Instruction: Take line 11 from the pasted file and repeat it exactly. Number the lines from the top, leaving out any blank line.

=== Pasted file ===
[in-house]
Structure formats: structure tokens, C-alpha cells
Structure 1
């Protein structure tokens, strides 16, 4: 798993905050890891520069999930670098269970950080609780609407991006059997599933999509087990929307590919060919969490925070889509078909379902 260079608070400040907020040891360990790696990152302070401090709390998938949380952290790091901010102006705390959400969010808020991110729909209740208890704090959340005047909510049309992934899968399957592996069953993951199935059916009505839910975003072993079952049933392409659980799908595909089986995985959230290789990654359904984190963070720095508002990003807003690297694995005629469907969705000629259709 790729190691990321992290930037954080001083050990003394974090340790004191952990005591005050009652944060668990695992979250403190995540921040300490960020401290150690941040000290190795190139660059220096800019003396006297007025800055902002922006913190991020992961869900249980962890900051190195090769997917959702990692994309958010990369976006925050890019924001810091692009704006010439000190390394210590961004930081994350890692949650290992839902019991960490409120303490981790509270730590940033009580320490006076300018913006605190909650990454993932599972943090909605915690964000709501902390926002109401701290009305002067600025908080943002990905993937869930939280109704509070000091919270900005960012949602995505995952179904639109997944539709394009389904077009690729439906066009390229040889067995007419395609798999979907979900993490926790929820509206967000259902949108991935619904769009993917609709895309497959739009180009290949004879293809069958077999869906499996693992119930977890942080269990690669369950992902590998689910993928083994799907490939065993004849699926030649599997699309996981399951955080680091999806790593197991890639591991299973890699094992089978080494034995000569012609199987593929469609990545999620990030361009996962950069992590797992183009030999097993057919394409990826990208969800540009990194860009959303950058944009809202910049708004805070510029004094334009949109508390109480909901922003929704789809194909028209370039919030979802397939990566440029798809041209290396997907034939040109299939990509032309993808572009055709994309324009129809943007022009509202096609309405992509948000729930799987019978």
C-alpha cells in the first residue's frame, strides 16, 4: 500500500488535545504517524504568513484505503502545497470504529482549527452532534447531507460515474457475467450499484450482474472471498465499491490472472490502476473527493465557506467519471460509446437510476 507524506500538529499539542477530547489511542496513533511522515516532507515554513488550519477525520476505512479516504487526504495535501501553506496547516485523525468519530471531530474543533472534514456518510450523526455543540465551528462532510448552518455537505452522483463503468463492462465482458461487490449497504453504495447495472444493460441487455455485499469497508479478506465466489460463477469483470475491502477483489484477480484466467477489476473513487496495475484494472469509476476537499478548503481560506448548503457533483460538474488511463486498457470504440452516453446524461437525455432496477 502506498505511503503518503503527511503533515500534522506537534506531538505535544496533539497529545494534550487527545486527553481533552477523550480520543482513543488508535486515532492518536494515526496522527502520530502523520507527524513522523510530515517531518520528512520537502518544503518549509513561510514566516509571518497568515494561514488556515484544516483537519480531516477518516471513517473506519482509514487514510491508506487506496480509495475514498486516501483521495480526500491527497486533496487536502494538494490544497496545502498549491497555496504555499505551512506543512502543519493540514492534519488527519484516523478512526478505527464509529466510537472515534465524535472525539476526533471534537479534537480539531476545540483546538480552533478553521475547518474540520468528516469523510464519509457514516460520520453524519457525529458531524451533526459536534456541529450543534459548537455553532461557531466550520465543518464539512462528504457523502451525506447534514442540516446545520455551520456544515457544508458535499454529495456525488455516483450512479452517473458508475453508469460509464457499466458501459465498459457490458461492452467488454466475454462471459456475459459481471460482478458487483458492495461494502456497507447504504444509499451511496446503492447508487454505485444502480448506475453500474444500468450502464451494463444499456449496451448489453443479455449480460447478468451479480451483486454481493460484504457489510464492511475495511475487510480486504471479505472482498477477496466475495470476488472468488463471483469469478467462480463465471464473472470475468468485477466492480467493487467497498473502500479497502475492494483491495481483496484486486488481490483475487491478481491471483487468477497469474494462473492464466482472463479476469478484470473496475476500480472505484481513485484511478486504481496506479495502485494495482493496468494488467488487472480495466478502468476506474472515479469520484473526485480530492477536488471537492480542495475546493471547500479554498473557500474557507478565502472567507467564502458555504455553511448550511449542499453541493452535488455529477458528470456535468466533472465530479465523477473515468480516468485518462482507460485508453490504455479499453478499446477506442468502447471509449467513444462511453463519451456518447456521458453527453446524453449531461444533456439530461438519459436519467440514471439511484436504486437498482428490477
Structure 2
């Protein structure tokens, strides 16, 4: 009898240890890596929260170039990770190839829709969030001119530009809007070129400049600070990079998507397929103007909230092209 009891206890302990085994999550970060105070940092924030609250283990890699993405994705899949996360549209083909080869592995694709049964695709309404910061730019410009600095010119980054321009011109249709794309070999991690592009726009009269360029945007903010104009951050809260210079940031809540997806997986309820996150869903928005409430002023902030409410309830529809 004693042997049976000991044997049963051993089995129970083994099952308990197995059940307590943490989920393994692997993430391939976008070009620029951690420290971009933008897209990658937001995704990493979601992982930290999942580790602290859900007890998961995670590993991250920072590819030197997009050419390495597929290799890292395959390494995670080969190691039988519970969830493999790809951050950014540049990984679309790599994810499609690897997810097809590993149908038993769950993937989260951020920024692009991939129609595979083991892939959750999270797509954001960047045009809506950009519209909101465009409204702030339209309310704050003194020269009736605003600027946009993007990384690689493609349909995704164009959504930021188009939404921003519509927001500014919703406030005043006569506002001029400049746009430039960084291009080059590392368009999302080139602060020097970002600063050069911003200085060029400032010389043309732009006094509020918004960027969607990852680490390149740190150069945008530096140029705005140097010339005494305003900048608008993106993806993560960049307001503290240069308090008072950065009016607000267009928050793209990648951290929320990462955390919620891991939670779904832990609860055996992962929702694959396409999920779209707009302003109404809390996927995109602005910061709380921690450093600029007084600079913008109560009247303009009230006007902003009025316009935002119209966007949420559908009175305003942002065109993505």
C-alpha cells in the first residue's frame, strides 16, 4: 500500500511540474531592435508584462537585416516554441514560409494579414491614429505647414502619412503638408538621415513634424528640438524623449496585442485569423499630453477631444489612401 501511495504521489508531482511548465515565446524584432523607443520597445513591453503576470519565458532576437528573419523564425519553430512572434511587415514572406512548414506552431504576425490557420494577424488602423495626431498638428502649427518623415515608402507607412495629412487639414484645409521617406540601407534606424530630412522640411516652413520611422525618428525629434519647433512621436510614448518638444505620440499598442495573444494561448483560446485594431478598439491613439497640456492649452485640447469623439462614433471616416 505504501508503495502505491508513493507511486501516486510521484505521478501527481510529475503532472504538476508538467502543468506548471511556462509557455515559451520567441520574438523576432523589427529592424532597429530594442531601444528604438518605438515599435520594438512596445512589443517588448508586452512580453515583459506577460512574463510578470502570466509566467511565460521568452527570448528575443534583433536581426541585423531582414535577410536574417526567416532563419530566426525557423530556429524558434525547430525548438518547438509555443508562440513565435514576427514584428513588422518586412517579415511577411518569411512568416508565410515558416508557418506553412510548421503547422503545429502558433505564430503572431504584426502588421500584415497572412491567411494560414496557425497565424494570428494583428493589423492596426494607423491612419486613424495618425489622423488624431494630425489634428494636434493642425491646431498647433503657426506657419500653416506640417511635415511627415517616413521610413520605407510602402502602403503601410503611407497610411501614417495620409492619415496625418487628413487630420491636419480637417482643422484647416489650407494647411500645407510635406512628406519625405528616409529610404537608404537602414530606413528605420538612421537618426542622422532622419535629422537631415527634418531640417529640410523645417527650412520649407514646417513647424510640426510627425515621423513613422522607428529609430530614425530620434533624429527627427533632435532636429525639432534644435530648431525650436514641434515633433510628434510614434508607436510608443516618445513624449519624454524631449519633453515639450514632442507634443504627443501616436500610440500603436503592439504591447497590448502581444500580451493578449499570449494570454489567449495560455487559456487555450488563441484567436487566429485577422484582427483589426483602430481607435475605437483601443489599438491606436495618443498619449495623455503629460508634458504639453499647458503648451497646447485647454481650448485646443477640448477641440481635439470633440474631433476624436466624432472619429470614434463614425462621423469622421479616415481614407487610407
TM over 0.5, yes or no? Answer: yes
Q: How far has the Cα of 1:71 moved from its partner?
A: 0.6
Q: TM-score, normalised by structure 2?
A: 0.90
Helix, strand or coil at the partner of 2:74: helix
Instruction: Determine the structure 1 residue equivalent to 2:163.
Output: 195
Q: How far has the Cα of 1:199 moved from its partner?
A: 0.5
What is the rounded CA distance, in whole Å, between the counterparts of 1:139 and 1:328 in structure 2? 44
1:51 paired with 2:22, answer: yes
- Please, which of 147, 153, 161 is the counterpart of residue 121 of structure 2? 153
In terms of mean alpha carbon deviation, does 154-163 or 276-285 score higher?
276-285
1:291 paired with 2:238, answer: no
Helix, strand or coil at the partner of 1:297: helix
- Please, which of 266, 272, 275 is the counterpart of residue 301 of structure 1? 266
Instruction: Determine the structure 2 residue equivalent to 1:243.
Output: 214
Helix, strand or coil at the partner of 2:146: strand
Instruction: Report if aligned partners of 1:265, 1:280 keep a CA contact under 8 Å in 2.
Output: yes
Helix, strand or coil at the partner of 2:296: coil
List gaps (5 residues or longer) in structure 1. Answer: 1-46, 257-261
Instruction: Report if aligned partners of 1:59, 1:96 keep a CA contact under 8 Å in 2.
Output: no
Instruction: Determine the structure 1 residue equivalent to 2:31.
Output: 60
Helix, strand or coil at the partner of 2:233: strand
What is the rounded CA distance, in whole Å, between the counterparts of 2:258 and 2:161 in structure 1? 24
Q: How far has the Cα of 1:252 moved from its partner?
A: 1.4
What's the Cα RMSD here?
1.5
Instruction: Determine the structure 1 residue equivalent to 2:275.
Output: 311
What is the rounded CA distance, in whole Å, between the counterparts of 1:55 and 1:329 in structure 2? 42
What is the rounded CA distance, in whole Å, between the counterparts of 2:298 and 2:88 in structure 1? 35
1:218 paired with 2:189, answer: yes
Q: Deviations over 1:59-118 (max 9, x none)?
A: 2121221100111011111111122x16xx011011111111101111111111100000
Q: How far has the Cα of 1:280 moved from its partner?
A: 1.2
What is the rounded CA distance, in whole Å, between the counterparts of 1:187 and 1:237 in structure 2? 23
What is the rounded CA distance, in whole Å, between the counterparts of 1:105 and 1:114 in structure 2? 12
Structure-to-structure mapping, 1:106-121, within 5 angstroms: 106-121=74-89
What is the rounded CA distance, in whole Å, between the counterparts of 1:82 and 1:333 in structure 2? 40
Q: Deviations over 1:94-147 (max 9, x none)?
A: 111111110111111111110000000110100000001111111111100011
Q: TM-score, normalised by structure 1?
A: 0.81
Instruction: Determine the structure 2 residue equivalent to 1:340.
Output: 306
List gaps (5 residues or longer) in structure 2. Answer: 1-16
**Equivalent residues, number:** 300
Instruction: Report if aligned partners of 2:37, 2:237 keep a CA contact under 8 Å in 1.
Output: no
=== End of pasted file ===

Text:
A: 0.6